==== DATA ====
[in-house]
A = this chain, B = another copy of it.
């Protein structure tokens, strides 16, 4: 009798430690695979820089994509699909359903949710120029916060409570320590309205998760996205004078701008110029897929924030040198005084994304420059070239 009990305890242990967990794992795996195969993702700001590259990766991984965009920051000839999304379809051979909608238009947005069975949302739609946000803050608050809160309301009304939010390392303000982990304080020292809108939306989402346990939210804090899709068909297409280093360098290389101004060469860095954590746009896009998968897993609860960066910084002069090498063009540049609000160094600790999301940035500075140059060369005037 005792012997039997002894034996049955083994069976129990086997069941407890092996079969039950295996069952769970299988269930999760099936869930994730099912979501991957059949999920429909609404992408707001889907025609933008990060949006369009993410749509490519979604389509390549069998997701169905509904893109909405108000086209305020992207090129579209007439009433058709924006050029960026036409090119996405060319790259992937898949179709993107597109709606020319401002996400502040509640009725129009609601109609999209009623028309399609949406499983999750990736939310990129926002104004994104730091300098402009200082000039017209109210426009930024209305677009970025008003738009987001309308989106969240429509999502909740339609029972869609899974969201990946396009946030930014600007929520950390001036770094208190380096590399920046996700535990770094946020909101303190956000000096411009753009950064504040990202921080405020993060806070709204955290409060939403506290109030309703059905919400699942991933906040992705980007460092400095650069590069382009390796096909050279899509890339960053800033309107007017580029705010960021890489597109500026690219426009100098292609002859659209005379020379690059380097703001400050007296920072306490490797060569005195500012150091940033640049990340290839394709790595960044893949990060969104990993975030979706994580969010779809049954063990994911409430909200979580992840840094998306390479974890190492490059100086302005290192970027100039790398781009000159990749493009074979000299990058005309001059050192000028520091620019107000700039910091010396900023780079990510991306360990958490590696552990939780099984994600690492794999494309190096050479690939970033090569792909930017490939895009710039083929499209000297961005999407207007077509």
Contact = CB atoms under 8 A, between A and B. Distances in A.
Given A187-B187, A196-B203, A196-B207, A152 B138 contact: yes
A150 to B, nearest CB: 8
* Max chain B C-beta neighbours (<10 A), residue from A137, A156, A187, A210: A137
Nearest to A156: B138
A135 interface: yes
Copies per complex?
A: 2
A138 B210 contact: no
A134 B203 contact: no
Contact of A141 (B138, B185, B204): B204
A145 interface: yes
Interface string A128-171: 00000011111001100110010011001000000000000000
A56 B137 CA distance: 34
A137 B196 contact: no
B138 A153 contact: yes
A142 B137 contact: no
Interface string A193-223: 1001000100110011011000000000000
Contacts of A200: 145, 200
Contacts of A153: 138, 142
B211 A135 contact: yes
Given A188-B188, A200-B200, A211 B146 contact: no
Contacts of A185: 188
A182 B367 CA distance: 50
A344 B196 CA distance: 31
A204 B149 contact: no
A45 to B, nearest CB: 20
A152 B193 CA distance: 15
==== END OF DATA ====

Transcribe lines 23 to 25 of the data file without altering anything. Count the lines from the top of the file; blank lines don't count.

Contacts of A153: 138, 142
B211 A135 contact: yes
Given A188-B188, A200-B200, A211 B146 contact: no